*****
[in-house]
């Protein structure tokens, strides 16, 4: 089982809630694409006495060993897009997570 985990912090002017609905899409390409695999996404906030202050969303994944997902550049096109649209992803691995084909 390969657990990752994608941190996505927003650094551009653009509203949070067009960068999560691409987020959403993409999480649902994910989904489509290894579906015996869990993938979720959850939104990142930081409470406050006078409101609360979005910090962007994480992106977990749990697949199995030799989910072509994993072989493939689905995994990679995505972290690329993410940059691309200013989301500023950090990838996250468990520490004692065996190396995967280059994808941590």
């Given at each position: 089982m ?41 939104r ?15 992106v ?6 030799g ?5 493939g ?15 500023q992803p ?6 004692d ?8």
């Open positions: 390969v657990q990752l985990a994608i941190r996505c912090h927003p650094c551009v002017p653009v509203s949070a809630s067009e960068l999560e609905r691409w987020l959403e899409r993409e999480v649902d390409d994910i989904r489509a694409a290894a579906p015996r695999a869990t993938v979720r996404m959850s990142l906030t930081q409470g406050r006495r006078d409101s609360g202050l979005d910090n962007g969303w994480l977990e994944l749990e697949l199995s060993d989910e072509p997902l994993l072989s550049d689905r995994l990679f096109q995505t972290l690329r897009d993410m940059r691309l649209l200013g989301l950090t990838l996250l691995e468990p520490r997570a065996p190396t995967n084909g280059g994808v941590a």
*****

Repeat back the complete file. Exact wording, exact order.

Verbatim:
[in-house]
């Protein structure tokens, strides 16, 4: 089982809630694409006495060993897009997570 985990912090002017609905899409390409695999996404906030202050969303994944997902550049096109649209992803691995084909 390969657990990752994608941190996505927003650094551009653009509203949070067009960068999560691409987020959403993409999480649902994910989904489509290894579906015996869990993938979720959850939104990142930081409470406050006078409101609360979005910090962007994480992106977990749990697949199995030799989910072509994993072989493939689905995994990679995505972290690329993410940059691309200013989301500023950090990838996250468990520490004692065996190396995967280059994808941590």
């Given at each position: 089982m ?41 939104r ?15 992106v ?6 030799g ?5 493939g ?15 500023q992803p ?6 004692d ?8």
């Open positions: 390969v657990q990752l985990a994608i941190r996505c912090h927003p650094c551009v002017p653009v509203s949070a809630s067009e960068l999560e609905r691409w987020l959403e899409r993409e999480v649902d390409d994910i989904r489509a694409a290894a579906p015996r695999a869990t993938v979720r996404m959850s990142l906030t930081q409470g406050r006495r006078d409101s609360g202050l979005d910090n962007g969303w994480l977990e994944l749990e697949l199995s060993d989910e072509p997902l994993l072989s550049d689905r995994l990679f096109q995505t972290l690329r897009d993410m940059r691309l649209l200013g989301l950090t990838l996250l691995e468990p520490r997570a065996p190396t995967n084909g280059g994808v941590a």